The Canadian Gaming Association (CGA) has grown even more frustrated as yet another Super Bowl will pass this weekend with no new action to allow Canadians to bet on the game.
At the heart of the issue is Bill C-290, that if passed would permit Canadians to wager on single-event sports. The bill is stalled in the Senate.
The CGA estimates that around $26 billion in single-event sports betting has been lost to illegal wagering since the bill was first introduced in the Senate in March 2012.
As it stands, Canadians are legally allowed to wager on three or more sporting events known as parlay bets.
But the CGA states only $500 million is accumulated through parlay bets, compared to $14 billion annually on illegal single-event betting.
Canada’s antiquated gambling legislation does not sit well among betting Canadians and is fuelling the CGA and Canadian casinos to push for Bill C-290’s approval by the Senate.
Those supporting the bill argue that legalizing single-game betting would generate increased revenue for the economy and create more jobs, providing a significant advantage over American Casinos.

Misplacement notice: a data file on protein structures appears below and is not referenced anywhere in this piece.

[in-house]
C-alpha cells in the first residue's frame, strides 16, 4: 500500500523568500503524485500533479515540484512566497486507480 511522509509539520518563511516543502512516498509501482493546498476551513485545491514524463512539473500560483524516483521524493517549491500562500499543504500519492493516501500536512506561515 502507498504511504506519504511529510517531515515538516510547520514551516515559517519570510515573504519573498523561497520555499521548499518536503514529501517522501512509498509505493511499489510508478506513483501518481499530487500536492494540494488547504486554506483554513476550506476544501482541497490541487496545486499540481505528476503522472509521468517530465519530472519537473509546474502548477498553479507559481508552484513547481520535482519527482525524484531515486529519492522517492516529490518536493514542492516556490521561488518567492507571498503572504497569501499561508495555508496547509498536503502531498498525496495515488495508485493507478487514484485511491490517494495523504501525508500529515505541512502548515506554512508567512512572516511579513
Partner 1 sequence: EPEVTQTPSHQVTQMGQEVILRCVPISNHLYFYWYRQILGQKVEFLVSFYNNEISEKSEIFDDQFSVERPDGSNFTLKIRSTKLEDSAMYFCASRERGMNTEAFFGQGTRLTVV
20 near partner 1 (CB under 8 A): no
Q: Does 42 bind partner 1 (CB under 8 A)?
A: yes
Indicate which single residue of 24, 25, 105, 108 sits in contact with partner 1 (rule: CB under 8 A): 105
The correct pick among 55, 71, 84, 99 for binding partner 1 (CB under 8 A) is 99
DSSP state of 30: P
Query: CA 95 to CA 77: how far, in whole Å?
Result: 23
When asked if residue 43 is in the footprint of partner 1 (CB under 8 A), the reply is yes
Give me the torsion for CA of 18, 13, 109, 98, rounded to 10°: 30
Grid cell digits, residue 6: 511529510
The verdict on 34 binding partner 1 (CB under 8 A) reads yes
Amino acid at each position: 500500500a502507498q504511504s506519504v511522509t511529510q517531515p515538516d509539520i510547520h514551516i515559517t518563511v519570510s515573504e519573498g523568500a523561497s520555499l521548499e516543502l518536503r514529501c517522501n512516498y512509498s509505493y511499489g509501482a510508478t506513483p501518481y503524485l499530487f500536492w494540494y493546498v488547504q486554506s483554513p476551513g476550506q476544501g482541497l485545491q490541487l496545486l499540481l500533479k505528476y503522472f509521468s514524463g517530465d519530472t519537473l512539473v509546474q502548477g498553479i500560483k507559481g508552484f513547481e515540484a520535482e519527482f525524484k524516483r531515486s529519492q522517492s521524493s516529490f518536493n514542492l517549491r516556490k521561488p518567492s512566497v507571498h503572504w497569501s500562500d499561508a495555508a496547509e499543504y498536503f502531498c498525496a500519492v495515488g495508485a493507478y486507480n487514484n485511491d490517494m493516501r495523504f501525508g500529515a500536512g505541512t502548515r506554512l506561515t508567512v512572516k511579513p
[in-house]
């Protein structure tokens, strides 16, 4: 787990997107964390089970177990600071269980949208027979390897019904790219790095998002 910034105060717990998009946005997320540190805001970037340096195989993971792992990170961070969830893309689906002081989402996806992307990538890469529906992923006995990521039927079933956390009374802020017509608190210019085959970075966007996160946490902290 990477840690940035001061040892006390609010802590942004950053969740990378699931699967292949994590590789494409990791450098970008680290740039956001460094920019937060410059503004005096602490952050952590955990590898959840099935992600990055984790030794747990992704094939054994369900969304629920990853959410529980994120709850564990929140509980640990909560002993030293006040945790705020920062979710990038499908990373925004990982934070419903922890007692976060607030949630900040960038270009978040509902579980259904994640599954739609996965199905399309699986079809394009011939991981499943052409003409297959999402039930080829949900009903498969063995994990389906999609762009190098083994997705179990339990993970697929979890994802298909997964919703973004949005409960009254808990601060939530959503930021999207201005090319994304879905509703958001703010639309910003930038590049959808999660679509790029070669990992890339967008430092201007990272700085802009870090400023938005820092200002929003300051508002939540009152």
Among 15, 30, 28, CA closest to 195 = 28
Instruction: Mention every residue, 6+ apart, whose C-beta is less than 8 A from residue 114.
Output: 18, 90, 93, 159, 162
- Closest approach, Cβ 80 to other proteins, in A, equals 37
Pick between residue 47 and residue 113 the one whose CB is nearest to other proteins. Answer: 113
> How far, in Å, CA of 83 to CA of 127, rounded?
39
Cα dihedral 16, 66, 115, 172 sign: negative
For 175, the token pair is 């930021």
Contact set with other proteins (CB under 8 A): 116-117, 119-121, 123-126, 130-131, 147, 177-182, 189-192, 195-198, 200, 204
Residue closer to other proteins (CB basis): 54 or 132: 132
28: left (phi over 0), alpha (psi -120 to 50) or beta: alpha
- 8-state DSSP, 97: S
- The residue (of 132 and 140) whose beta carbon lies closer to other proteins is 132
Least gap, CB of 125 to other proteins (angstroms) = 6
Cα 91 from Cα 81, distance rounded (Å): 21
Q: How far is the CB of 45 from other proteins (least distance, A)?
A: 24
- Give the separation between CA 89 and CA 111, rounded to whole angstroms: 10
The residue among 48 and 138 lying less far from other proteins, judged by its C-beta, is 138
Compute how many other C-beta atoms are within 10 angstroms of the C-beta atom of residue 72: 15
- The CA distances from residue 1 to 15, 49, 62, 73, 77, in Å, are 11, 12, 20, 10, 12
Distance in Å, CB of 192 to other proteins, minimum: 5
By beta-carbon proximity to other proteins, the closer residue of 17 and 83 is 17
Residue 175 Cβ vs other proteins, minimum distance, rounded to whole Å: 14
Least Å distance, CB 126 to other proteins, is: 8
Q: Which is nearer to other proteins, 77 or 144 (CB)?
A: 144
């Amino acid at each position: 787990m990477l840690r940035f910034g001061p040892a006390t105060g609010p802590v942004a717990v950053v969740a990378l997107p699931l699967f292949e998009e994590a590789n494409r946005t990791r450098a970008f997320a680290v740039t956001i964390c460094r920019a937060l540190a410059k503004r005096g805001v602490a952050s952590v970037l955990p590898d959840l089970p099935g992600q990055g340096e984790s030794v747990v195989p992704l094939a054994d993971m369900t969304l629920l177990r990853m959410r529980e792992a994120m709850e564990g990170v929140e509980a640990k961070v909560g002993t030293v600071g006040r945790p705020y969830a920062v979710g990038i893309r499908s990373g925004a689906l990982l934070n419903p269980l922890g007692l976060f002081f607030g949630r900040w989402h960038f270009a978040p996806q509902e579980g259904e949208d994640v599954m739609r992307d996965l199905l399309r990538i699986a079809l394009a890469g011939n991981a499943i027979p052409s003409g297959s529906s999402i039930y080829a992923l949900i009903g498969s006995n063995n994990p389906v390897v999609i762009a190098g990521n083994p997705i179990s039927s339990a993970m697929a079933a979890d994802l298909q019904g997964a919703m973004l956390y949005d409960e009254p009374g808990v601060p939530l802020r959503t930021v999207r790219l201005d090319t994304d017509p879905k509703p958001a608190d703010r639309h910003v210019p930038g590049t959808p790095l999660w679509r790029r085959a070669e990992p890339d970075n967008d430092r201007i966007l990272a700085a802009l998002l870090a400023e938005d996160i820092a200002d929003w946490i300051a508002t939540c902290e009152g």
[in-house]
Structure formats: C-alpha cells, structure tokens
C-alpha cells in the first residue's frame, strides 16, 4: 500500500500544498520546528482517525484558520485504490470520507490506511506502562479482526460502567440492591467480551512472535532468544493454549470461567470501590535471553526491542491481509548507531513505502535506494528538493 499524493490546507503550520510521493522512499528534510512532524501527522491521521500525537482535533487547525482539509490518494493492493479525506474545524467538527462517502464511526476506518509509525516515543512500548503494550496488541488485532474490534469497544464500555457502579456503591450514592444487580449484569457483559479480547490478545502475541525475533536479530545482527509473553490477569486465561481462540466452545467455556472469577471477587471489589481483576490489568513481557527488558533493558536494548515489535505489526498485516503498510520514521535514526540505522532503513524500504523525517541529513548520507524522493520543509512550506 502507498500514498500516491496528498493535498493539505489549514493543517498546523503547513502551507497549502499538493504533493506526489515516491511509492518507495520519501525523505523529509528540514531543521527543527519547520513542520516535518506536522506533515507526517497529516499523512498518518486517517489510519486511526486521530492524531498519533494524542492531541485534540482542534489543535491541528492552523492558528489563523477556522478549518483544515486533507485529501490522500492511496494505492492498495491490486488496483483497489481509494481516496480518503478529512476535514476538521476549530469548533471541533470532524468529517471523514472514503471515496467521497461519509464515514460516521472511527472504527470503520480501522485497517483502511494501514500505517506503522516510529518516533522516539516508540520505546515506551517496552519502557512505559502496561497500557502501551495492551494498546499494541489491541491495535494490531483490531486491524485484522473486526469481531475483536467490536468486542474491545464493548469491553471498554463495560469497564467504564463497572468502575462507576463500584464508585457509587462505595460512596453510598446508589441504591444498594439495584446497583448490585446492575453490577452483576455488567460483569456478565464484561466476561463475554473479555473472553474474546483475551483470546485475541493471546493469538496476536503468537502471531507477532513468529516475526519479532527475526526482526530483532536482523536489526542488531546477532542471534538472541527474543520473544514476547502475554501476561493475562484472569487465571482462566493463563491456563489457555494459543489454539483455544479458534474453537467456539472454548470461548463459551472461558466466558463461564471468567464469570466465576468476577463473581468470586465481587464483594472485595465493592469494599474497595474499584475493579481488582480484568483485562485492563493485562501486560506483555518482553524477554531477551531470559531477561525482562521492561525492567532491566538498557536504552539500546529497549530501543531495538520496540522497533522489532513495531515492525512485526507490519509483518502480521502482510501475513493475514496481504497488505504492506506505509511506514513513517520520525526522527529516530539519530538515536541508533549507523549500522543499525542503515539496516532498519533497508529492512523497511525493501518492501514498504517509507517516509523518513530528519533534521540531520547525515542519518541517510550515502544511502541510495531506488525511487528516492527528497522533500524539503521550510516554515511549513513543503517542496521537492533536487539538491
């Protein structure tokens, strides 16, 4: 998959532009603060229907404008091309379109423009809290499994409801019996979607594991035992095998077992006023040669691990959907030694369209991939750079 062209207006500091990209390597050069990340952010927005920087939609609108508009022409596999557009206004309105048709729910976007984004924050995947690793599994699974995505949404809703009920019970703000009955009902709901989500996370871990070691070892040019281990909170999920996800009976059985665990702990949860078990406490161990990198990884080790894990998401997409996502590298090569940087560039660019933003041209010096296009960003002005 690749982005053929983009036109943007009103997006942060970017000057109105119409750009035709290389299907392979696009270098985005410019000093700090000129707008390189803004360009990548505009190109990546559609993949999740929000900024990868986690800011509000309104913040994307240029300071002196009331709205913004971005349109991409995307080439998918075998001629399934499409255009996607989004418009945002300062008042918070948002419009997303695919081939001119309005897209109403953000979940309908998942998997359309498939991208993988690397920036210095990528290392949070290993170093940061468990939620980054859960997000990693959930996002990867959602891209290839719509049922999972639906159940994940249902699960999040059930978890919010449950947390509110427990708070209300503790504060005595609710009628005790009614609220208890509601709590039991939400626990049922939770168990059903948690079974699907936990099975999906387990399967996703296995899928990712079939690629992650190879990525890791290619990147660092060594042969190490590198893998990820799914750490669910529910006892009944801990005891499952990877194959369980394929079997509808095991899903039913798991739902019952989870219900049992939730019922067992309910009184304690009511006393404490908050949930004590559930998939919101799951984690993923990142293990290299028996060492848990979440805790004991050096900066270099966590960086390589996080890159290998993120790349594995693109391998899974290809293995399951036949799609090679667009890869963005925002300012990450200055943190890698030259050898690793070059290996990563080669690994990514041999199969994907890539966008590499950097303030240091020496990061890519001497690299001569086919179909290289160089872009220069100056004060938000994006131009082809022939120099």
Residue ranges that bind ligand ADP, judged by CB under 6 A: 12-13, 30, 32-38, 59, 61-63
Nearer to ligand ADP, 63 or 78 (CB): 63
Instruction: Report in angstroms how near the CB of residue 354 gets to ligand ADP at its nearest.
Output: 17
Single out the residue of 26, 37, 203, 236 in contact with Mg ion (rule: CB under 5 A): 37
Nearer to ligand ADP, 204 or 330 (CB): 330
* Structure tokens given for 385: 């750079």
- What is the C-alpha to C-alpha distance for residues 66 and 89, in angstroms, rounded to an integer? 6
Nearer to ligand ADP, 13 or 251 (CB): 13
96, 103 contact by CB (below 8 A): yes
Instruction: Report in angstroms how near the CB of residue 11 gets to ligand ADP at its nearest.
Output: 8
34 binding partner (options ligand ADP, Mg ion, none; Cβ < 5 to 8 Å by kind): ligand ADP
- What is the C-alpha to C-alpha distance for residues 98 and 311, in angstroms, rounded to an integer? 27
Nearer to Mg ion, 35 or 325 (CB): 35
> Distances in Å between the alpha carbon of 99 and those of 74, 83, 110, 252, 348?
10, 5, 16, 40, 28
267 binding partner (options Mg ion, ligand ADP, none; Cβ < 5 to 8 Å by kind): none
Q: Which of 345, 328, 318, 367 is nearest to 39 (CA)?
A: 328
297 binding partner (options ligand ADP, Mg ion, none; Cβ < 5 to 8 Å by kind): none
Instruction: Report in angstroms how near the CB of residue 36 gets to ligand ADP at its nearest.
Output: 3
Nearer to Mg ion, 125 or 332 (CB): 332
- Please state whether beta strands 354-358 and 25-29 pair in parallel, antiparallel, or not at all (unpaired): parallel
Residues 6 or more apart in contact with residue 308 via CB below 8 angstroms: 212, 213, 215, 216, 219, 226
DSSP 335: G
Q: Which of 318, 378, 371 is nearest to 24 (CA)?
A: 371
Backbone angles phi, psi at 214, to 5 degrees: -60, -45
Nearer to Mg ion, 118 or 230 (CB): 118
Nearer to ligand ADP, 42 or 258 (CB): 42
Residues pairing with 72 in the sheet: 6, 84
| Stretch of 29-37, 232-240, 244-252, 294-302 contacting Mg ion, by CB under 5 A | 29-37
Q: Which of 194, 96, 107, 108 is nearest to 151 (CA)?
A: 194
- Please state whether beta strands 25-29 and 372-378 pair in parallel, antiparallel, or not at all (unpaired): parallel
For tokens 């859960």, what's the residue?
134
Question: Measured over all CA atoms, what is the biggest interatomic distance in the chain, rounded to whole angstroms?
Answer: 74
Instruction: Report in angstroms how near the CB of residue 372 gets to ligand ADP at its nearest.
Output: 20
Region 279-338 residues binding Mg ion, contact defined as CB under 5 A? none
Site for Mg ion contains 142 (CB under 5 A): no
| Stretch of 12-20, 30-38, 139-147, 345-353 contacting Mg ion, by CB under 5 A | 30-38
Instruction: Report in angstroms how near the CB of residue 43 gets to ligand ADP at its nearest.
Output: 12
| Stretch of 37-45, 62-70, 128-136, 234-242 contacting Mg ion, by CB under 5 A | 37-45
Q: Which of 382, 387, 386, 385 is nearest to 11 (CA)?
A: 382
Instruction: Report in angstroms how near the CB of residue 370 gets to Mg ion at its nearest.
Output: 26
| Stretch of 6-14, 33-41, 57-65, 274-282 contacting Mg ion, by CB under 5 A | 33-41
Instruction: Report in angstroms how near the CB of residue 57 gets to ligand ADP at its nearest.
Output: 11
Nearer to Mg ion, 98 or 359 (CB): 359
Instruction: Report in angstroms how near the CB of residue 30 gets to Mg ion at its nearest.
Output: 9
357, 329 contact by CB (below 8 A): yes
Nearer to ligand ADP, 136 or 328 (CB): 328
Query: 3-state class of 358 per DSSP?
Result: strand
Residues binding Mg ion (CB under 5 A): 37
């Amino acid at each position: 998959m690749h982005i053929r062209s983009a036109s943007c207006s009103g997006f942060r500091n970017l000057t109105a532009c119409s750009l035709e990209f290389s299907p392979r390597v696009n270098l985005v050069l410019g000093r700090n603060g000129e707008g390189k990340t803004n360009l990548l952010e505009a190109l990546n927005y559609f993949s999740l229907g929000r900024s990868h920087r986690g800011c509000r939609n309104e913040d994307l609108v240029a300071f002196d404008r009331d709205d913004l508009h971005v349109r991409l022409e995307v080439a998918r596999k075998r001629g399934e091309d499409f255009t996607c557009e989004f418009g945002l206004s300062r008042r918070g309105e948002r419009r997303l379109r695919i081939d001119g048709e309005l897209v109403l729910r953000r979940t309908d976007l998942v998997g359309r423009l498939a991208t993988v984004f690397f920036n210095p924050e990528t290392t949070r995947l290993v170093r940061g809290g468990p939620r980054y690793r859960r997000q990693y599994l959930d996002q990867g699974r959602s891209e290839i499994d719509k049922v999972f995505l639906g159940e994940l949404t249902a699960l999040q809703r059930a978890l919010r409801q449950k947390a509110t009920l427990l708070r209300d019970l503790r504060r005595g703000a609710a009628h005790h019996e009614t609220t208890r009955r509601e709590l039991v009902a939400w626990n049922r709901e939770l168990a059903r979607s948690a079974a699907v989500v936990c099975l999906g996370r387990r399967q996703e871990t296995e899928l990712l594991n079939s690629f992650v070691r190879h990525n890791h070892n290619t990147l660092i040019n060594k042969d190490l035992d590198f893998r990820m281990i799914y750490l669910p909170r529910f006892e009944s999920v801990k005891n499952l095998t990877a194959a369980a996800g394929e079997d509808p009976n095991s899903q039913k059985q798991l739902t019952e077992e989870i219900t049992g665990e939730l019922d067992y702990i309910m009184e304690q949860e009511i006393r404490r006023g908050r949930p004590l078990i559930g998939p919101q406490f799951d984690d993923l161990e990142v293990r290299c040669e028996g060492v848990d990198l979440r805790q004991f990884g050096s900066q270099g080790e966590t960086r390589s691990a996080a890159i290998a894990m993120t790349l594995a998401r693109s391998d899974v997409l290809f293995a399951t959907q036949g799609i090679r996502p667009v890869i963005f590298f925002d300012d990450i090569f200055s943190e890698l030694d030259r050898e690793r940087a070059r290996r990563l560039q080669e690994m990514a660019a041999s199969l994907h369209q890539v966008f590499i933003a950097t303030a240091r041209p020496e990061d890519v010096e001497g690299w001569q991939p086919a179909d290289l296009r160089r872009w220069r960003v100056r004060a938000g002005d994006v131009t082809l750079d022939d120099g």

As the CGA pushes for action on Bill C-290, several professional sports leagues and government representatives are expressing concern over the dangerous social consequences if the bill finally passes—gambling-related debt, addiction, and suicide are some of the major concerns.
Kathy Disher has been working as a manager at Mohawk Casino in Campbellville, Ont. for 11 years. During this time, she has seen her fair share of people playing beyond their limits.
Click below to listen to Kathy’s comment on the possible social consequences if Bill C-290 passes: